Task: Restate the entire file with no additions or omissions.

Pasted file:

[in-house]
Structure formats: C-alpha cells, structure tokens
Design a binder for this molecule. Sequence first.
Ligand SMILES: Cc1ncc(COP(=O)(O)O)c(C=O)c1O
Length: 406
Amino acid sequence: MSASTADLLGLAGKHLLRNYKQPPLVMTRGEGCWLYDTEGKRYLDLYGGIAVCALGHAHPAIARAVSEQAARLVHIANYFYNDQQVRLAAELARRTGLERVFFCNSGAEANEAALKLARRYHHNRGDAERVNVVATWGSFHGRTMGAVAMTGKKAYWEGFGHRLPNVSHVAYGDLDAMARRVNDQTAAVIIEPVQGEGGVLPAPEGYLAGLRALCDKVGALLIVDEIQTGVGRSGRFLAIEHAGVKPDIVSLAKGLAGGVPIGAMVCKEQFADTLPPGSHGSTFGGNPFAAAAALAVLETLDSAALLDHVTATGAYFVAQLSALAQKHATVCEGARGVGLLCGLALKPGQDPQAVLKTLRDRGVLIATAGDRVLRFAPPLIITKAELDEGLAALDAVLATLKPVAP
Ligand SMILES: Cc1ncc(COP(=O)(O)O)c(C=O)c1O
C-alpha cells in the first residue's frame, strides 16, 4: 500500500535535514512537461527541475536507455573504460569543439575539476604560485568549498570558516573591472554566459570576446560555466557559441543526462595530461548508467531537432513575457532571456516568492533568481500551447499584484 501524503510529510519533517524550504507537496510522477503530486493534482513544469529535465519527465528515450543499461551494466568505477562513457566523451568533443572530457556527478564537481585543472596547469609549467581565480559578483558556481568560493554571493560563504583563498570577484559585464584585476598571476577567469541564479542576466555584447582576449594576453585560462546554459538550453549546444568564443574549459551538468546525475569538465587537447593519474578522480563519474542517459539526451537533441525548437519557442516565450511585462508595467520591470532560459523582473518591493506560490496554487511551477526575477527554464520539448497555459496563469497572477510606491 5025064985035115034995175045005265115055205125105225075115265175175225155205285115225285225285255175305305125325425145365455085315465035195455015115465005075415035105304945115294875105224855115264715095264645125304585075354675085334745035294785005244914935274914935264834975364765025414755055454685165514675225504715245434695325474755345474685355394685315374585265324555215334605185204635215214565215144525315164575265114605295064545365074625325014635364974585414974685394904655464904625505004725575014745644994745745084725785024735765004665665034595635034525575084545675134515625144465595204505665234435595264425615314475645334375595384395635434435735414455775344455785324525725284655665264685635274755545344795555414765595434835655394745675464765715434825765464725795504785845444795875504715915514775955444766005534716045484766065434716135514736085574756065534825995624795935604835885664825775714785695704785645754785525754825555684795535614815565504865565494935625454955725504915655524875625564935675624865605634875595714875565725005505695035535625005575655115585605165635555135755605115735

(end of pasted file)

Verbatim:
[in-house]
Structure formats: C-alpha cells, structure tokens
Design a binder for this molecule. Sequence first.
Ligand SMILES: Cc1ncc(COP(=O)(O)O)c(C=O)c1O
Length: 406
Amino acid sequence: MSASTADLLGLAGKHLLRNYKQPPLVMTRGEGCWLYDTEGKRYLDLYGGIAVCALGHAHPAIARAVSEQAARLVHIANYFYNDQQVRLAAELARRTGLERVFFCNSGAEANEAALKLARRYHHNRGDAERVNVVATWGSFHGRTMGAVAMTGKKAYWEGFGHRLPNVSHVAYGDLDAMARRVNDQTAAVIIEPVQGEGGVLPAPEGYLAGLRALCDKVGALLIVDEIQTGVGRSGRFLAIEHAGVKPDIVSLAKGLAGGVPIGAMVCKEQFADTLPPGSHGSTFGGNPFAAAAALAVLETLDSAALLDHVTATGAYFVAQLSALAQKHATVCEGARGVGLLCGLALKPGQDPQAVLKTLRDRGVLIATAGDRVLRFAPPLIITKAELDEGLAALDAVLATLKPVAP
Ligand SMILES: Cc1ncc(COP(=O)(O)O)c(C=O)c1O
C-alpha cells in the first residue's frame, strides 16, 4: 500500500535535514512537461527541475536507455573504460569543439575539476604560485568549498570558516573591472554566459570576446560555466557559441543526462595530461548508467531537432513575457532571456516568492533568481500551447499584484 501524503510529510519533517524550504507537496510522477503530486493534482513544469529535465519527465528515450543499461551494466568505477562513457566523451568533443572530457556527478564537481585543472596547469609549467581565480559578483558556481568560493554571493560563504583563498570577484559585464584585476598571476577567469541564479542576466555584447582576449594576453585560462546554459538550453549546444568564443574549459551538468546525475569538465587537447593519474578522480563519474542517459539526451537533441525548437519557442516565450511585462508595467520591470532560459523582473518591493506560490496554487511551477526575477527554464520539448497555459496563469497572477510606491 5025064985035115034995175045005265115055205125105225075115265175175225155205285115225285225285255175305305125325425145365455085315465035195455015115465005075415035105304945115294875105224855115264715095264645125304585075354675085334745035294785005244914935274914935264834975364765025414755055454685165514675225504715245434695325474755345474685355394685315374585265324555215334605185204635215214565215144525315164575265114605295064545365074625325014635364974585414974685394904655464904625505004725575014745644994745745084725785024735765004665665034595635034525575084545675134515625144465595204505665234435595264425615314475645334375595384395635434435735414455775344455785324525725284655665264685635274755545344795555414765595434835655394745675464765715434825765464725795504785845444795875504715915514775955444766005534716045484766065434716135514736085574756065534825995624795935604835885664825775714785695704785645754785525754825555684795535614815565504865565494935625454955725504915655524875625564935675624865605634875595714875565725005505695035535625005575655115585605165635555135755605115735